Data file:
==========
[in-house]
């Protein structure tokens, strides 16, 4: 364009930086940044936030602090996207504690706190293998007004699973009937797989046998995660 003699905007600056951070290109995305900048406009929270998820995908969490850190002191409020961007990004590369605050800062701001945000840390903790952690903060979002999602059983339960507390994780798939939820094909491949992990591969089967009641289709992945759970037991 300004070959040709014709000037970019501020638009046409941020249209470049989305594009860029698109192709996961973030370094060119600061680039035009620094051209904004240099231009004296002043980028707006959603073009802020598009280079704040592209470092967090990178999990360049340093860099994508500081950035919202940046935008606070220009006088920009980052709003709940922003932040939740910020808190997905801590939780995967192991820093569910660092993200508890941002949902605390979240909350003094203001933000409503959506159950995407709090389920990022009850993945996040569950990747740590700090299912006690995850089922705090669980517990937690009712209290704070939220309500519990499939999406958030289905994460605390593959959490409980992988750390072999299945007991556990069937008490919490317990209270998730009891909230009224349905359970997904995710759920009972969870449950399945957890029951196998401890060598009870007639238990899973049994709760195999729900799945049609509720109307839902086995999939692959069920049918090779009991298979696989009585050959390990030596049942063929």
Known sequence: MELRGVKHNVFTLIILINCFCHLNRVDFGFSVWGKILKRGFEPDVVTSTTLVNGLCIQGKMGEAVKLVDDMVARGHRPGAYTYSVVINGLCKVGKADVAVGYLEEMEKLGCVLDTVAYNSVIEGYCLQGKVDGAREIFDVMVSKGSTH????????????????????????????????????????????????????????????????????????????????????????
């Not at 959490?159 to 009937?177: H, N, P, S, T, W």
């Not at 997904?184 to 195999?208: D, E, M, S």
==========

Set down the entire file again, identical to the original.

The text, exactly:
[in-house]
């Protein structure tokens, strides 16, 4: 364009930086940044936030602090996207504690706190293998007004699973009937797989046998995660 003699905007600056951070290109995305900048406009929270998820995908969490850190002191409020961007990004590369605050800062701001945000840390903790952690903060979002999602059983339960507390994780798939939820094909491949992990591969089967009641289709992945759970037991 300004070959040709014709000037970019501020638009046409941020249209470049989305594009860029698109192709996961973030370094060119600061680039035009620094051209904004240099231009004296002043980028707006959603073009802020598009280079704040592209470092967090990178999990360049340093860099994508500081950035919202940046935008606070220009006088920009980052709003709940922003932040939740910020808190997905801590939780995967192991820093569910660092993200508890941002949902605390979240909350003094203001933000409503959506159950995407709090389920990022009850993945996040569950990747740590700090299912006690995850089922705090669980517990937690009712209290704070939220309500519990499939999406958030289905994460605390593959959490409980992988750390072999299945007991556990069937008490919490317990209270998730009891909230009224349905359970997904995710759920009972969870449950399945957890029951196998401890060598009870007639238990899973049994709760195999729900799945049609509720109307839902086995999939692959069920049918090779009991298979696989009585050959390990030596049942063929």
Known sequence: MELRGVKHNVFTLIILINCFCHLNRVDFGFSVWGKILKRGFEPDVVTSTTLVNGLCIQGKMGEAVKLVDDMVARGHRPGAYTYSVVINGLCKVGKADVAVGYLEEMEKLGCVLDTVAYNSVIEGYCLQGKVDGAREIFDVMVSKGSTH????????????????????????????????????????????????????????????????????????????????????????
């Not at 959490?159 to 009937?177: H, N, P, S, T, W």
């Not at 997904?184 to 195999?208: D, E, M, S």